A completely new architecture for quantum computing, based on what they’re calling ‘flip-flop qubits,’ invented.
Engineers at Australia’s University of New South Wales have developed a new architecture for quantum computing, that promise to make the eventual large-scale manufacture of quantum chips much cheaper and easier.
Above, artist’s impression of flip-flop qubit embedded in the silicon matrix of a chip. Illustration: Dr Guilherme Tosi
They have invented a radical new architecture for quantum computing, based on novel ‘flip-flop qubits.’
The new chip design, detailed in the journal Nature Communications, allows for a silicon quantum processor that can be scaled up without the precise placement of atoms required in other approaches. Importantly, it allows quantum bits (or ‘qubits’) – the basic unit of information in a quantum computer – to be placed hundreds of nanometres apart and still remain coupled.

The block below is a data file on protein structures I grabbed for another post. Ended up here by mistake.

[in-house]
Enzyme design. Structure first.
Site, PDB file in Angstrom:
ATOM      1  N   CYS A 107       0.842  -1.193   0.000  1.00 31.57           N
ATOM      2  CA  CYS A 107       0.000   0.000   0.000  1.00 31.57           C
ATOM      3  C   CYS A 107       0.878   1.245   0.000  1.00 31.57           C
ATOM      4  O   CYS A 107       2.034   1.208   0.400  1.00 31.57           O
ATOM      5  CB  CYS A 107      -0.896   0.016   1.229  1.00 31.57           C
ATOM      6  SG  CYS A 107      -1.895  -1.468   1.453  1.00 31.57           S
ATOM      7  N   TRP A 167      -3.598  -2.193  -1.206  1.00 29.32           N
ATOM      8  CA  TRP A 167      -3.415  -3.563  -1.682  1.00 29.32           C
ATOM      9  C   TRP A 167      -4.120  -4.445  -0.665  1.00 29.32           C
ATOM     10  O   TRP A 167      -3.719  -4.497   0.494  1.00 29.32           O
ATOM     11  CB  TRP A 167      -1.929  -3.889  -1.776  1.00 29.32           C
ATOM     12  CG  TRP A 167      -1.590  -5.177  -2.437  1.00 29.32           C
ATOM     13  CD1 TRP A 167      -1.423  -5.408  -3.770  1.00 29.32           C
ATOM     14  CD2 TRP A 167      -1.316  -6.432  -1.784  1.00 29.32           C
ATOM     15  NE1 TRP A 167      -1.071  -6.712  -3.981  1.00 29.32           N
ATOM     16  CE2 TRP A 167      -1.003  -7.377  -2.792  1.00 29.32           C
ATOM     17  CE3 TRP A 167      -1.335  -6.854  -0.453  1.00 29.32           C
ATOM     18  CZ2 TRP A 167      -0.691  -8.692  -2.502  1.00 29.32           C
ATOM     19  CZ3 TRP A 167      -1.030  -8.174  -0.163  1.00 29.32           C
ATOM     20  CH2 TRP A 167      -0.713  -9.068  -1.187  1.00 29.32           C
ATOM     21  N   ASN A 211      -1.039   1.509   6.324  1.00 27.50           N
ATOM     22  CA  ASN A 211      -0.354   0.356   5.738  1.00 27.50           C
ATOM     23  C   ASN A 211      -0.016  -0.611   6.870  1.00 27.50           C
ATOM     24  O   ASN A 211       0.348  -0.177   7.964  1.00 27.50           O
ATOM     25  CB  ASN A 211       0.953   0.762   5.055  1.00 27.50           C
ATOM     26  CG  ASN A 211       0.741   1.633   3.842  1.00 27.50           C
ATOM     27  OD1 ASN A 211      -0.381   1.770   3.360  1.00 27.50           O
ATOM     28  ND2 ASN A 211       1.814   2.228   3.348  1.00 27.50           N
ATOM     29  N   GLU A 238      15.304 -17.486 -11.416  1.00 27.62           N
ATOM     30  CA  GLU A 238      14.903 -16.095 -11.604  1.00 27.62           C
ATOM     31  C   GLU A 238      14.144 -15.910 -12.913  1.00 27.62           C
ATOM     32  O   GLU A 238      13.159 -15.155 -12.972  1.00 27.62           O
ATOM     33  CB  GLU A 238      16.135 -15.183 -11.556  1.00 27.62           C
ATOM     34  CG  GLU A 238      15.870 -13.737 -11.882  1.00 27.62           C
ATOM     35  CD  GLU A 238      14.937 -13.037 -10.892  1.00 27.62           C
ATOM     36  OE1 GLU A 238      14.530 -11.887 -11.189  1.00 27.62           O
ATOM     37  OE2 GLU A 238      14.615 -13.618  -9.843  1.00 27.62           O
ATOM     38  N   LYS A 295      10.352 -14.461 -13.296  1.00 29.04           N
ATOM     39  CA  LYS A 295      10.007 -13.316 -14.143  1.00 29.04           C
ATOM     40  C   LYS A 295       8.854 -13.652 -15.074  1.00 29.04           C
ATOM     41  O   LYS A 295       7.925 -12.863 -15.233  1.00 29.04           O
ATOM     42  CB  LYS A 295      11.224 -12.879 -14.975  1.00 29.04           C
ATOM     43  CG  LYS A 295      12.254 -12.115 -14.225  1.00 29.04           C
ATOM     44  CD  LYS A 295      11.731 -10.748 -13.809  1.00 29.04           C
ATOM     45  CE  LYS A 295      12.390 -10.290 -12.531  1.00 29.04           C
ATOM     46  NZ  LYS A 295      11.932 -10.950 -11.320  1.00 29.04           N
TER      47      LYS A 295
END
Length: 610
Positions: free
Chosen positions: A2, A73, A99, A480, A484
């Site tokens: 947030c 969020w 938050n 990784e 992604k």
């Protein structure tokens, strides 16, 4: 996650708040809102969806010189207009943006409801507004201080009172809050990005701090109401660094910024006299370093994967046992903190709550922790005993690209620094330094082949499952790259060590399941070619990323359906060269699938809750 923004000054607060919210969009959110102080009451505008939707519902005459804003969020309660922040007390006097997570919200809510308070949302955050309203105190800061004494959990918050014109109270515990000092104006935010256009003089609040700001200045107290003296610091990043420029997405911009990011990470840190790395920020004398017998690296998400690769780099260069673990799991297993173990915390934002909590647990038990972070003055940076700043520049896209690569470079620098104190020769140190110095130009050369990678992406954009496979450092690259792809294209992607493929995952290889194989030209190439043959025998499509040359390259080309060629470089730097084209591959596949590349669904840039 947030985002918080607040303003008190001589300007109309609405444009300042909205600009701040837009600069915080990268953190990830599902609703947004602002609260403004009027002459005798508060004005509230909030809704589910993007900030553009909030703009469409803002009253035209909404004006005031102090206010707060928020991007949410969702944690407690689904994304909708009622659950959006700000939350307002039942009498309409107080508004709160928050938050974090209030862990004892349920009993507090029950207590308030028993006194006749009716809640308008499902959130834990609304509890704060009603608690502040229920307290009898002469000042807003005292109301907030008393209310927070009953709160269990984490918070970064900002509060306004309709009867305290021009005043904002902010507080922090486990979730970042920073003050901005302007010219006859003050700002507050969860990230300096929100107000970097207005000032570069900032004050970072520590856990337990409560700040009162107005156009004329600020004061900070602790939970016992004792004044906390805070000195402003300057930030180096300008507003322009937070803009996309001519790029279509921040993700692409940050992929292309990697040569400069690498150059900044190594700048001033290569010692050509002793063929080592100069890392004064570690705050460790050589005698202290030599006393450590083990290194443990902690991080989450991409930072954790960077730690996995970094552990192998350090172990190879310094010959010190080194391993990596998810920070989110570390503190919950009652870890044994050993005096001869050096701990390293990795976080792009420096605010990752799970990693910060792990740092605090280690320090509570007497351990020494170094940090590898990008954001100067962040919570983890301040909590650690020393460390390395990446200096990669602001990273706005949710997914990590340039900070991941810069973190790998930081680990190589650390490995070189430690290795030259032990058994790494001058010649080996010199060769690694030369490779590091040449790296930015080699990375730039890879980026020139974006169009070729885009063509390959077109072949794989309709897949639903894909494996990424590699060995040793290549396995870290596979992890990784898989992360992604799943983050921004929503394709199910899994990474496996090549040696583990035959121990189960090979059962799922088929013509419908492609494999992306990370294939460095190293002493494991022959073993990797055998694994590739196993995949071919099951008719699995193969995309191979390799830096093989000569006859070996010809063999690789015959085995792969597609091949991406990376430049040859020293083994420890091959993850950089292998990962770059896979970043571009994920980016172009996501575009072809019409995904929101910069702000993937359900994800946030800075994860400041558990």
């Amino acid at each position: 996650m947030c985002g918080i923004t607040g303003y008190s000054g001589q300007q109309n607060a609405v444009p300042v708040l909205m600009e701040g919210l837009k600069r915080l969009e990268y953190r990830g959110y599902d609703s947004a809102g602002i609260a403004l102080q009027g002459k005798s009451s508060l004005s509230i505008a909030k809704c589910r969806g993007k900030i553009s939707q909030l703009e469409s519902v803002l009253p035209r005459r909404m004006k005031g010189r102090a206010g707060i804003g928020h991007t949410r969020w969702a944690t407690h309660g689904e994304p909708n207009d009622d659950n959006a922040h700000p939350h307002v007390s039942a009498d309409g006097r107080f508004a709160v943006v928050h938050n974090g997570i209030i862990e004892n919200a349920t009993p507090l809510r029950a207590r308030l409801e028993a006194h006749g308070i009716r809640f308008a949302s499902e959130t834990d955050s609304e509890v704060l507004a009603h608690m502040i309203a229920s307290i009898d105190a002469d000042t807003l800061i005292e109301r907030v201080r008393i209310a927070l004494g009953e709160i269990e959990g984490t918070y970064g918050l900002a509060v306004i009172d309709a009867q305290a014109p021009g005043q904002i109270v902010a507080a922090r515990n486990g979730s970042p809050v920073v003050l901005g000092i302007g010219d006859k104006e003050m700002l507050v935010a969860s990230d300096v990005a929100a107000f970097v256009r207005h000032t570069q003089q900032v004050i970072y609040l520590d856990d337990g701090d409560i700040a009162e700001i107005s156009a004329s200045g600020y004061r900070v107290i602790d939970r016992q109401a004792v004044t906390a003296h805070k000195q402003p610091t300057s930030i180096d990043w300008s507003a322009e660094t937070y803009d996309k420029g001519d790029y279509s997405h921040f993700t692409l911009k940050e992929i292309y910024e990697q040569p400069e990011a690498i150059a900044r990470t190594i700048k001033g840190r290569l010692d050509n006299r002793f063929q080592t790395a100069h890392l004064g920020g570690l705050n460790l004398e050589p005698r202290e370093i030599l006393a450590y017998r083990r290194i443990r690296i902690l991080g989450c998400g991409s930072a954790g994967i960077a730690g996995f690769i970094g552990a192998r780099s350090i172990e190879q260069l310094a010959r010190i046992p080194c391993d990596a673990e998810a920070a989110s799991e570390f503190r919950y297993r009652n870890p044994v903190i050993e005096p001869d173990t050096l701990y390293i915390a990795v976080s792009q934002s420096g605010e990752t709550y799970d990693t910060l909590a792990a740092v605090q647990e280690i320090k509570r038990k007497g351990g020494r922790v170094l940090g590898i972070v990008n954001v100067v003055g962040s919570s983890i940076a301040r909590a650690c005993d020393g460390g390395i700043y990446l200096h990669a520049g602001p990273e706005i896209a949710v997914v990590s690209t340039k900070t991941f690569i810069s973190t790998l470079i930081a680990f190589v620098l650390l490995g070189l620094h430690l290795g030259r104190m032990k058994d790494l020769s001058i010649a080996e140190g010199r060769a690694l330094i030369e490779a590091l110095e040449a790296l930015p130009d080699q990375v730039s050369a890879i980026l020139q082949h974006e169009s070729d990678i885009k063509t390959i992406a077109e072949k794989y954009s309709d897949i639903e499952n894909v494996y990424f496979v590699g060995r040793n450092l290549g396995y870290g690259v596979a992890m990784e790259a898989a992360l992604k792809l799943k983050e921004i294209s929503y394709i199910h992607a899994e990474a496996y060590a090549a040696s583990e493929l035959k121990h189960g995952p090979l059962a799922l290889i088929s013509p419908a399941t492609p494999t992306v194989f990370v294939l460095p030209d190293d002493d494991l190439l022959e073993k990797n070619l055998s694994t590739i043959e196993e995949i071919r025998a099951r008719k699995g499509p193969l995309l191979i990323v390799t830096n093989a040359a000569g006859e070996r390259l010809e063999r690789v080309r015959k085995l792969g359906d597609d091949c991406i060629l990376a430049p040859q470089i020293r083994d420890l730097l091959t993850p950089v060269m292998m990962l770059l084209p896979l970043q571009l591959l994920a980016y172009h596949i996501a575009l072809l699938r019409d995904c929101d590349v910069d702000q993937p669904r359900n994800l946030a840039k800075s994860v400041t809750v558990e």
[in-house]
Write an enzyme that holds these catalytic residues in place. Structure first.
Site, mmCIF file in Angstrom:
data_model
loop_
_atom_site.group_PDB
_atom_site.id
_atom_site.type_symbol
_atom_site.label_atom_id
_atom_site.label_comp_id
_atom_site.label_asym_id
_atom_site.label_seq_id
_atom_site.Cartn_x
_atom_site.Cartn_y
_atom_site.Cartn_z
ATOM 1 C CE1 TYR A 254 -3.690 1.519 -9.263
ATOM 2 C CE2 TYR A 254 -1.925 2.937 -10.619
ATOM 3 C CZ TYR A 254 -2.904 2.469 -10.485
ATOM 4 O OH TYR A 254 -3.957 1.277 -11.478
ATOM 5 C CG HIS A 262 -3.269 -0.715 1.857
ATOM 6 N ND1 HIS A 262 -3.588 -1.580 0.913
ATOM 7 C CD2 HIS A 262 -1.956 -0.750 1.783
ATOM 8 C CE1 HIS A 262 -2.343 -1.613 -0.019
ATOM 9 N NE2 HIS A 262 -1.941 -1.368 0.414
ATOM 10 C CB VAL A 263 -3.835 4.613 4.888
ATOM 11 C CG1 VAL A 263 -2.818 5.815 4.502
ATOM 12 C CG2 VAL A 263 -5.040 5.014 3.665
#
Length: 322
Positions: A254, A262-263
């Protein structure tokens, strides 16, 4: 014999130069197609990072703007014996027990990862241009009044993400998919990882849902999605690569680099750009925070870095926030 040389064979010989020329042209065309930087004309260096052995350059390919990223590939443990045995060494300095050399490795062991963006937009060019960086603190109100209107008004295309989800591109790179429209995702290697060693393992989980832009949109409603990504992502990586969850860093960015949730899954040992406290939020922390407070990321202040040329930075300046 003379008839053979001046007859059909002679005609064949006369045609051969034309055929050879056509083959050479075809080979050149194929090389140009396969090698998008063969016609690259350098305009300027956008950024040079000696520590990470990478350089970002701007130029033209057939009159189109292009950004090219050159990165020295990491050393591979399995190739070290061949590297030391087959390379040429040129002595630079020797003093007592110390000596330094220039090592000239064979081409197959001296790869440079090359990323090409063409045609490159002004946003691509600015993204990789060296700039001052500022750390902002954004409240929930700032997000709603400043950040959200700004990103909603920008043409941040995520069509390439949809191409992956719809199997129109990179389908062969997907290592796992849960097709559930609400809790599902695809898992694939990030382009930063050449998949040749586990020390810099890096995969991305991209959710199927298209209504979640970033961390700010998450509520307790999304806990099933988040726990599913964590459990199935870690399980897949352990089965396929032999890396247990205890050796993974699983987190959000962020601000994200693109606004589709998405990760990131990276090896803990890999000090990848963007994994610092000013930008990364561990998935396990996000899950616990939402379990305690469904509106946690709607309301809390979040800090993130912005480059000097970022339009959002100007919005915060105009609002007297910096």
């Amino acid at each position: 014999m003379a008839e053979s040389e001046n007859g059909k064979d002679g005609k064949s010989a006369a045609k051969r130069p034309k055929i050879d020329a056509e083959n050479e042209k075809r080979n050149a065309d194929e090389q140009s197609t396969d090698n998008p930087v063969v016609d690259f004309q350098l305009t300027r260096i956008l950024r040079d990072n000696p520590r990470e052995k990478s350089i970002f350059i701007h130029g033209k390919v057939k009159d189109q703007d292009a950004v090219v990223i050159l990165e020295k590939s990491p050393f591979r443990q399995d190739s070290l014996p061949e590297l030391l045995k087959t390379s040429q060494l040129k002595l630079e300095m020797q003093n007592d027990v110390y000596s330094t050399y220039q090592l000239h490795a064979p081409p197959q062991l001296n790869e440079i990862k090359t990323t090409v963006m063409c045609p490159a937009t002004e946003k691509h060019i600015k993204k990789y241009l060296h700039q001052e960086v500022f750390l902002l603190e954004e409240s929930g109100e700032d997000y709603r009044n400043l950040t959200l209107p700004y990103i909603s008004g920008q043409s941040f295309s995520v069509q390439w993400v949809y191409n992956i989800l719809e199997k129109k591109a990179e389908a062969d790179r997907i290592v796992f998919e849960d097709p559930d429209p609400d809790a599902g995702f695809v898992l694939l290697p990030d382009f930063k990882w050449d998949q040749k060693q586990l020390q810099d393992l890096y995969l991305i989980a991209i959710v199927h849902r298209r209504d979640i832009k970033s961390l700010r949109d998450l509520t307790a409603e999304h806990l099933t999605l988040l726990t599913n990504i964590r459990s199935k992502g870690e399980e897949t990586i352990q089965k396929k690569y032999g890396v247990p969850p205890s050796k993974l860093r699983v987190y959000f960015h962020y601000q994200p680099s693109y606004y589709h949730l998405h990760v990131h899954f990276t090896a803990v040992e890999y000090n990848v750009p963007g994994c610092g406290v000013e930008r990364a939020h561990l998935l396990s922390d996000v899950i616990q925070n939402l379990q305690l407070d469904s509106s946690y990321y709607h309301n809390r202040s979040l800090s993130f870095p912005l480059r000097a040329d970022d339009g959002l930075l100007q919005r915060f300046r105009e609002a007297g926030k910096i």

The design was conceived by a team led by Andrea Morello, Program Manager in UNSW-based ARC Centre of Excellence for Quantum Computation and Communication Technology (CQC2T), who said fabrication of the new design should be easily within reach of today’s technology.
“It’s a brilliant design, and like many such conceptual leaps, it’s amazing no-one had thought of it before.
What Guilherme and the team have invented is a new way to define a ‘spin qubit’ that uses both the electron and the nucleus of the atom. Crucially, this new qubit can be controlled using electric signals, instead of magnetic ones. Electric signals are significantly easier to distribute and localise within an electronic chip.”
In the single-atom qubit used by Morello’s team, and which Tosi’s new design applies, a silicon chip is covered with a layer of insulating silicon oxide, on top of which rests a pattern of metallic electrodes that operate at temperatures near absolute zero and in the presence of a very strong magnetic field.